Mind the gap
You may be more than a little surprised to learn that using private health insurance for surgery can expose you to thousands of dollars of out-of-pocket costs, while public patients enjoy the same treatments for free.
It may not be easy, but it is possible to find out upfront before booking surgery how much you'll be out of pocket for the surgeon's fees. And you can save a lot of money if you're prepared to negotiate with a doctor or shop around to get a better deal for surgery.
How to save on surgeons' fees
At the GP
- Ask if there are likely to be any out-of-pocket costs with the surgeon they refer you to.
- Ask the GP to suggest a number of specialists so you can call and check costs yourself.
- Get the names of specialists who work in both the public and private system.
- Ask for the approximate waiting times in your local public hospitals. Remember, just because you have private health insurance doesn't mean you can't be treated as a public patient to save yourself money.
Speak to your health fund
- Ask if your policy covers the treatment you require and if you've served any waiting times. Tip: health funds may use different definitions for the same treatment than your specialist – especially in terms of what's minor surgery that's normally included in most policies, or major surgery which may be excluded if you haven't got top cover. Ask your GP or specialist for the Medicare item number and quote it to the health fund to be sure.
- Ask if you have to pay an excess or co-payment.
- Get a list of surgeons they have an agreement with.
- Get a list of hospitals in your area they have an agreement with.
- Ask your friends and family if they can recommend a surgeon.
- Armed with a list of names, make some calls. Be insistent and ask for a ballpark figure if the receptionist can't give you exact out-of-pocket costs.
- One option might be to travel for treatment if you live in a geographical area with high costs, such as a regional area.
At the specialist
- Talk about costs early on and explain to the surgeon if the costs are unaffordable for you.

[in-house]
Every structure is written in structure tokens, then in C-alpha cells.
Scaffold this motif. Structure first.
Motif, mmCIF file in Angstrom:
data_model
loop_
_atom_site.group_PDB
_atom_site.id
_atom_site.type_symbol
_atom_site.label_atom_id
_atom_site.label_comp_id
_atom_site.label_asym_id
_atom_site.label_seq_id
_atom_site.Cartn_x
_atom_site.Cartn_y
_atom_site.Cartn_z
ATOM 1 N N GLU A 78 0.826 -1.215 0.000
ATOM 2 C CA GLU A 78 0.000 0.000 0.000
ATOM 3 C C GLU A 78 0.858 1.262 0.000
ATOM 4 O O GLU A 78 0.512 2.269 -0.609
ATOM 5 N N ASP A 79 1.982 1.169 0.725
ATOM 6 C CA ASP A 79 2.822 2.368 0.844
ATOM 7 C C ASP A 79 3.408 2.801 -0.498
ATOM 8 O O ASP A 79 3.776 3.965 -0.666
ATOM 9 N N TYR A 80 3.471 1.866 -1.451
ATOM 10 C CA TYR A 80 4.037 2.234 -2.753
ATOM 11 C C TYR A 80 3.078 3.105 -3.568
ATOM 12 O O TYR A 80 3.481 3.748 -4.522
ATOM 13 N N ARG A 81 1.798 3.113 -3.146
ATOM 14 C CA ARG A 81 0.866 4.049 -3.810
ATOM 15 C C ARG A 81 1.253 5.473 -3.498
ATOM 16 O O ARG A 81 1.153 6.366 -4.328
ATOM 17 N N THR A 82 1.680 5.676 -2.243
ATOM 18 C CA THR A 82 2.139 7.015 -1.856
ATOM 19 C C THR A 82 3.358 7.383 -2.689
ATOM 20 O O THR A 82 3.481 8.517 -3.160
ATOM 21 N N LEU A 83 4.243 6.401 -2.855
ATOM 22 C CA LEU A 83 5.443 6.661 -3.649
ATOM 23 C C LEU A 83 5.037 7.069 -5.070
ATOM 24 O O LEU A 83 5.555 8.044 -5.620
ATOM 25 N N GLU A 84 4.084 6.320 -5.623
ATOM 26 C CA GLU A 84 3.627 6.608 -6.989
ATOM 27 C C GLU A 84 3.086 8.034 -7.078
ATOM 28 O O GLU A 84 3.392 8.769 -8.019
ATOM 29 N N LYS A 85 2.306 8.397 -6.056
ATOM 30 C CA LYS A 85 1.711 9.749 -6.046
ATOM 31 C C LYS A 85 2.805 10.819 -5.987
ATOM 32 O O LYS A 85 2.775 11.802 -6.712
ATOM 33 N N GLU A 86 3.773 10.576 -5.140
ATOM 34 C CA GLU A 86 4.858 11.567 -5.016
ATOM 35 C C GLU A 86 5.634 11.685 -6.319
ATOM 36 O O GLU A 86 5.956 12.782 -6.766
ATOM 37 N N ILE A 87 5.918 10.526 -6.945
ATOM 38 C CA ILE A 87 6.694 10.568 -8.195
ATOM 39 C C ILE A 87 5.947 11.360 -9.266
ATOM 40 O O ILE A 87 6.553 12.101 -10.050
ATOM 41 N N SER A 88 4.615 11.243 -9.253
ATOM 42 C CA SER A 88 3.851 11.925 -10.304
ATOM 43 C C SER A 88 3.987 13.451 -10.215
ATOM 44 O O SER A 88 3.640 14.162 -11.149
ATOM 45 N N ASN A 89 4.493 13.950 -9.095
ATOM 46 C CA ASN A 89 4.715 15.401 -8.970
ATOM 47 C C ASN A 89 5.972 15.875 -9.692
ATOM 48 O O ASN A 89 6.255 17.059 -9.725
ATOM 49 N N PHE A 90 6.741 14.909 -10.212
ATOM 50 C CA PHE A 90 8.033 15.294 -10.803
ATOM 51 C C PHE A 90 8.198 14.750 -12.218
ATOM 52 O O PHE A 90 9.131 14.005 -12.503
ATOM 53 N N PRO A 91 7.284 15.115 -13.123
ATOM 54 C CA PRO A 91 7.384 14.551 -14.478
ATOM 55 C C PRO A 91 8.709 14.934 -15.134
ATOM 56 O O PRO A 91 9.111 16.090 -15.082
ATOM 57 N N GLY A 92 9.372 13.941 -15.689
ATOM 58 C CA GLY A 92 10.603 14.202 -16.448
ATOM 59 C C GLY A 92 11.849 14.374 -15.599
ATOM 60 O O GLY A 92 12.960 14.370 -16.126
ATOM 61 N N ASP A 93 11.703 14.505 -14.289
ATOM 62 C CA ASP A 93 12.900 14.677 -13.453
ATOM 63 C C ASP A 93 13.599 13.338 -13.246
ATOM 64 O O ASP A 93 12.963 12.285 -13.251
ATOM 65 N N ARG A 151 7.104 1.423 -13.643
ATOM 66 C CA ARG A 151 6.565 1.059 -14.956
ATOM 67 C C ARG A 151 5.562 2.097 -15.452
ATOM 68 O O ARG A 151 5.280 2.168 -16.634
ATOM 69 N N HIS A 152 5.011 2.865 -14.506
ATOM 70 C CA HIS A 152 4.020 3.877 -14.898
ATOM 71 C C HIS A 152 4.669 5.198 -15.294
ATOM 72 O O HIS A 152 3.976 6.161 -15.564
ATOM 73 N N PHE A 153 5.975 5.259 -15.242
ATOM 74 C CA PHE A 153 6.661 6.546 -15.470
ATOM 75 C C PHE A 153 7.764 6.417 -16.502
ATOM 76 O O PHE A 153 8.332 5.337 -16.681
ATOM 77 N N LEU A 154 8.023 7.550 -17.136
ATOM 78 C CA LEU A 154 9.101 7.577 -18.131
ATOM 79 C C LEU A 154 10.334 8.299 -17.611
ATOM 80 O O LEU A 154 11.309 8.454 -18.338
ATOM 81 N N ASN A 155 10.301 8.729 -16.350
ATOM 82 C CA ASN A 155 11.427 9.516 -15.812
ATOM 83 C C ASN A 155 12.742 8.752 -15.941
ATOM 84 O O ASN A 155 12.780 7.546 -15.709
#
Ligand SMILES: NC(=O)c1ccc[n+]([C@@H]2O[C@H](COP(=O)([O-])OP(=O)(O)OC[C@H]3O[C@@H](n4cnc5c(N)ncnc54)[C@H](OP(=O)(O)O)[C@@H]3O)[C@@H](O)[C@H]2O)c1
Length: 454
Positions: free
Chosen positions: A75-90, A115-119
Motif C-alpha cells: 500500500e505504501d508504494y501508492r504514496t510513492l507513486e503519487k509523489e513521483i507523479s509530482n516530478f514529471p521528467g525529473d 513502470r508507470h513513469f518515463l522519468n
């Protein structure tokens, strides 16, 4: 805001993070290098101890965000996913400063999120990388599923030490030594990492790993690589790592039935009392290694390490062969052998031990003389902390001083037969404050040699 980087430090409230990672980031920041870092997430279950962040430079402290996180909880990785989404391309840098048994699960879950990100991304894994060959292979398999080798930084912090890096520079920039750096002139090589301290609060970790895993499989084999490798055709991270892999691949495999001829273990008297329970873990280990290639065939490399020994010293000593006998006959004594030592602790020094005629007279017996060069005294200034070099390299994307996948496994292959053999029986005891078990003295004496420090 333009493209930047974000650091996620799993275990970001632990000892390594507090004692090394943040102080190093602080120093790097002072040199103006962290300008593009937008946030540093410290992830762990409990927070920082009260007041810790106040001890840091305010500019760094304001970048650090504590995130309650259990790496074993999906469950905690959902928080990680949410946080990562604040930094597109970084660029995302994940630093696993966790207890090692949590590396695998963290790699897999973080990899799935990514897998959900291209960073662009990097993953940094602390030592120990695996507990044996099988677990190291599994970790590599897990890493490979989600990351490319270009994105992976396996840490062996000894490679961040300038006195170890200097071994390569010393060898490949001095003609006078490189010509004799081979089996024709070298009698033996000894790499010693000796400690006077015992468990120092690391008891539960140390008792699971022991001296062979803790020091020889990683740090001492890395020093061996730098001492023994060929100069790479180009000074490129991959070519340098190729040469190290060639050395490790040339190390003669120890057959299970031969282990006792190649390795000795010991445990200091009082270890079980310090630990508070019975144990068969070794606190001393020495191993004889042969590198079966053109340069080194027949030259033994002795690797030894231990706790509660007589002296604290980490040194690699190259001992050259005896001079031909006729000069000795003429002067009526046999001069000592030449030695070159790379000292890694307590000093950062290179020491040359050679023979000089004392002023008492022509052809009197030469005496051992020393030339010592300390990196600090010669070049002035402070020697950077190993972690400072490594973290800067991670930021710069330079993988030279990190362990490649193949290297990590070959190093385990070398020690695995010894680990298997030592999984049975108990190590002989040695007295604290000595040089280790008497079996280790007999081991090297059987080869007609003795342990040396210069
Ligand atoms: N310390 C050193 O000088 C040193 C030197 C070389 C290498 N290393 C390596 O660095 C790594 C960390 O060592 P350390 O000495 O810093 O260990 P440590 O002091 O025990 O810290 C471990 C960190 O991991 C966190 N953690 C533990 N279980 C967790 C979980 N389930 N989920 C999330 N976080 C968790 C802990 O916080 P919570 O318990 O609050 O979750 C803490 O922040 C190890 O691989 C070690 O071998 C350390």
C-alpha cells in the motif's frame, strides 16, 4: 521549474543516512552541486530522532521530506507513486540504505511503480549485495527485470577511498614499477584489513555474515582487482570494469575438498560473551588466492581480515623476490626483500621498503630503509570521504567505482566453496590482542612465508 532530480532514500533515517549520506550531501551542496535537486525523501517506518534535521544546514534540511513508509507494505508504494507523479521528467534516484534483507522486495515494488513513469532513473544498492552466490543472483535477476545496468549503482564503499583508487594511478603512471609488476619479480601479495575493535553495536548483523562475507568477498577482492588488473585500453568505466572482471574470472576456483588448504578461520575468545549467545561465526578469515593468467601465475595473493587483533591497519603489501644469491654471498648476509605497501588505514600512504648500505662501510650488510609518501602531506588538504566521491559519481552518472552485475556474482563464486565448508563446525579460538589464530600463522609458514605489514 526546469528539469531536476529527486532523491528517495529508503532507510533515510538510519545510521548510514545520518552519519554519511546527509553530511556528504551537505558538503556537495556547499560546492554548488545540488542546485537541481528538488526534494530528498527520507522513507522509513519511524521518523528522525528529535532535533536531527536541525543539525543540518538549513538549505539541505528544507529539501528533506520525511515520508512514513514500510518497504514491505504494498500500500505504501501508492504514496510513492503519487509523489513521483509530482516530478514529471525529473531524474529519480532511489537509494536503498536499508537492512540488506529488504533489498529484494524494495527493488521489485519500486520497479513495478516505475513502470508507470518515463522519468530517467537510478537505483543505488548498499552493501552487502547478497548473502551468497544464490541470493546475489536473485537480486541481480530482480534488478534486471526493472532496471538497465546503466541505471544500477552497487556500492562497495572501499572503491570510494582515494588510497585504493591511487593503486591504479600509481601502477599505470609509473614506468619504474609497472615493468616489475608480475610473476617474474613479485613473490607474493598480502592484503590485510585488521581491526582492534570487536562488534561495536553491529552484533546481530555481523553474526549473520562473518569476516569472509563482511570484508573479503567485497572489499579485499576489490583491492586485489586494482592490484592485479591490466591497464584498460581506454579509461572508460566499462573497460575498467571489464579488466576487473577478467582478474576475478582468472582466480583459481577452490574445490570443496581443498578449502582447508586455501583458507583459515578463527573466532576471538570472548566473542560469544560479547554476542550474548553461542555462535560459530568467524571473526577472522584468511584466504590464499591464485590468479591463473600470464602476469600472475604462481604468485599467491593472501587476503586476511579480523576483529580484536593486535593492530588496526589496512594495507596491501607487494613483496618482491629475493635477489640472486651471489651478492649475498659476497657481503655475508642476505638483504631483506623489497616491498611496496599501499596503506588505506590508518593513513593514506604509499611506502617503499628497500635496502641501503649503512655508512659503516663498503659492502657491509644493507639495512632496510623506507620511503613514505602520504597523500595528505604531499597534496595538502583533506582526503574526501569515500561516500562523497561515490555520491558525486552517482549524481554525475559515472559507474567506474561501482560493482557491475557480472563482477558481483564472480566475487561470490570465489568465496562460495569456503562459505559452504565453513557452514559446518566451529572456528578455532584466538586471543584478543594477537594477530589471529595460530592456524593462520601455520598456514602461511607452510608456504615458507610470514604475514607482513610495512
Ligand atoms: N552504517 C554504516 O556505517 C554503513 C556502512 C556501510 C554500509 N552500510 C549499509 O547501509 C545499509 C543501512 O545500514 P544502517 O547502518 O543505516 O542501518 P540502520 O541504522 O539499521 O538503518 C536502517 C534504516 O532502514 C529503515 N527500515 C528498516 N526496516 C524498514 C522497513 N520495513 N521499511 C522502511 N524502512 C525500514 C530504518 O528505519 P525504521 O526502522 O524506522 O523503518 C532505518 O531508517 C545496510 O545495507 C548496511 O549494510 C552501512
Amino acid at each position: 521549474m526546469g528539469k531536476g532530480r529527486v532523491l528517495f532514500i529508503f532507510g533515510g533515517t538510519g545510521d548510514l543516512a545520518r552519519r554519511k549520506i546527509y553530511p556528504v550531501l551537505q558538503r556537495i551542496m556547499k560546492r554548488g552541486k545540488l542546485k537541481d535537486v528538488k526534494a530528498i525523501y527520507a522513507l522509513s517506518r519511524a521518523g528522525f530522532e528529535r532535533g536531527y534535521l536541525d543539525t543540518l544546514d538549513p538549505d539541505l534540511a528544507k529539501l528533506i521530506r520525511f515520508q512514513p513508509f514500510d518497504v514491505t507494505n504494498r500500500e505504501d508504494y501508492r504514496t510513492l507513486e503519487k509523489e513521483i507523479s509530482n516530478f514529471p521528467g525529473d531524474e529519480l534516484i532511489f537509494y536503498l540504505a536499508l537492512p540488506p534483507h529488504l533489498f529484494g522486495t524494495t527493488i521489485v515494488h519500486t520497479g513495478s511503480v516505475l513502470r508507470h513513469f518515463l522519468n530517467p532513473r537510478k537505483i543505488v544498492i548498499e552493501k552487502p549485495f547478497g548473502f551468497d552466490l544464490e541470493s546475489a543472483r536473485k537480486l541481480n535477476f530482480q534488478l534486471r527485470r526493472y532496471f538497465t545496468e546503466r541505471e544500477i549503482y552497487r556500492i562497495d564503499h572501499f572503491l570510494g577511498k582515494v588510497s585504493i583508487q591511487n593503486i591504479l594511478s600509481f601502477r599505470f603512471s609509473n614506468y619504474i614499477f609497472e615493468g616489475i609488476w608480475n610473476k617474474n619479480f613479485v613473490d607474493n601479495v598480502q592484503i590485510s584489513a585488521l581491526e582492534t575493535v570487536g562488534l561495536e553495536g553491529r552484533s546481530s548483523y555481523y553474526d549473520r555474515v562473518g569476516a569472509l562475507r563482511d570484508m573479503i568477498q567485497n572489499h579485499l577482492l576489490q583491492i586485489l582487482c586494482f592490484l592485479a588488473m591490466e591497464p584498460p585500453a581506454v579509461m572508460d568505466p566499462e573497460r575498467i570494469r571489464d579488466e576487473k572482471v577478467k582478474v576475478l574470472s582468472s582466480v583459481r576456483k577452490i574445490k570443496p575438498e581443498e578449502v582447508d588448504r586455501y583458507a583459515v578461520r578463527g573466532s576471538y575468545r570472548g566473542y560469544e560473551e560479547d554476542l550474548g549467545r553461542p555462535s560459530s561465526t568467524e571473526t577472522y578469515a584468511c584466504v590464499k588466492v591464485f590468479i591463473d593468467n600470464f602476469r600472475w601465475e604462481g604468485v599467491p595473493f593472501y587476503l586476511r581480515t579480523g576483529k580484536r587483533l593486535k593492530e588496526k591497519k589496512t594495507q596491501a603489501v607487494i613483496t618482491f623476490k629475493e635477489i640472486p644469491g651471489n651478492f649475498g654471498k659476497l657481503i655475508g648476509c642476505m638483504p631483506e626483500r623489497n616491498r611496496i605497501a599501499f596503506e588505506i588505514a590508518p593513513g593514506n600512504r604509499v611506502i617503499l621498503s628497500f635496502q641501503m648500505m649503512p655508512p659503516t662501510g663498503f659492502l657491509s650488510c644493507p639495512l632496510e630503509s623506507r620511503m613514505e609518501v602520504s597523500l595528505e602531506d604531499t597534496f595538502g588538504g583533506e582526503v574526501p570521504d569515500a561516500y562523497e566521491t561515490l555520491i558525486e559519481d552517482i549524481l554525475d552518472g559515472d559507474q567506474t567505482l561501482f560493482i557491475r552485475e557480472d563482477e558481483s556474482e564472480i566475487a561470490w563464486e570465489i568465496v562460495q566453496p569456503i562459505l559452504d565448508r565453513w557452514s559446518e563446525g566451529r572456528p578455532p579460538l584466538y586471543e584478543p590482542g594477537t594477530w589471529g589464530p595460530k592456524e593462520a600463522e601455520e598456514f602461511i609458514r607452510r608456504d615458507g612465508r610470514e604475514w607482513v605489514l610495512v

- If your specialist says they're unable to charge you under your health fund's gap scheme, ask if they would accept another health fund's gap scheme.
- If you transfer from one health fund to another, they can't apply waiting periods for differences between medical gap schemes. But be careful to choose a policy that has the same cover level (for example, not one with a higher or lower excess) and covers the treatment you're scheduled for. Also, make sure the new fund has an agreement with the hospital your specialist uses. The CHOICE health insurance finder will help you find the best funds and policies for you. Our score includes a rating on the fund's gap performance.
- Ask for the fees of any other doctors involved, such as an assistant surgeon or anaesthetist. If the specialist doesn't know, ask for the doctors' contact details and call them to find out.
- Ask for a quote in writing.
How to negotiate with your doctor
Your doctor can decide on a patient-to-patient basis if they charge you under your fund's gap agreement.
According to an AMA survey of their members, the vast majority of doctors take their patient's financial situation into account when setting their fee.
This could mean that with the same doctor for the same procedure:
- pensioners and students are fully covered by the health fund.
- full-time workers and self-funded retirees face out-of-pocket costs.
- someone who is assertive and tells the doctor about their financial situation gets charged less than someone who stays silent.
But if you're sick, you may be in no mood to bargain, especially with a surgeon who may soon hold your life in their hands.
"Certainly an assertive consumer should not shy away from negotiating a fee with the surgeon and asking about no-gap arrangements. The reality is that many people don't feel confident and in any event may often be experiencing anxiety because of their condition and the looming operation," explains Leanne Wells, CEO of the Consumers' Health Forum.
This reflected the experience of one CHOICE member, who told us:
I was in great pain and not in a position to seek other opinions or quibble over costs.
But another member had a more positive experience:
The receptionist raised the matter [of costs], and I was pleased to know upfront.
Talk to the receptionist
The Private Health Insurance Ombudsman Michael Manthorpe suggests it might be better to talk to the surgeon's admin staff about costs rather than the surgeon. "The administrative staff at GP and specialist offices are accustomed to discussing fees and waiting times with patients," he says.
The best surgeon can also be the cheapest
Of course, you'd want the best surgeon, not just the cheapest, and the good news is they could be one and the same: "There's no evidence that links higher fees or lower fees to the quality or outcome of the service required by the patient," says Dr John Batten, president and chair of council and executive at the Royal Australasian College of Surgeons.
Resources to help you save on out-of-pocket costs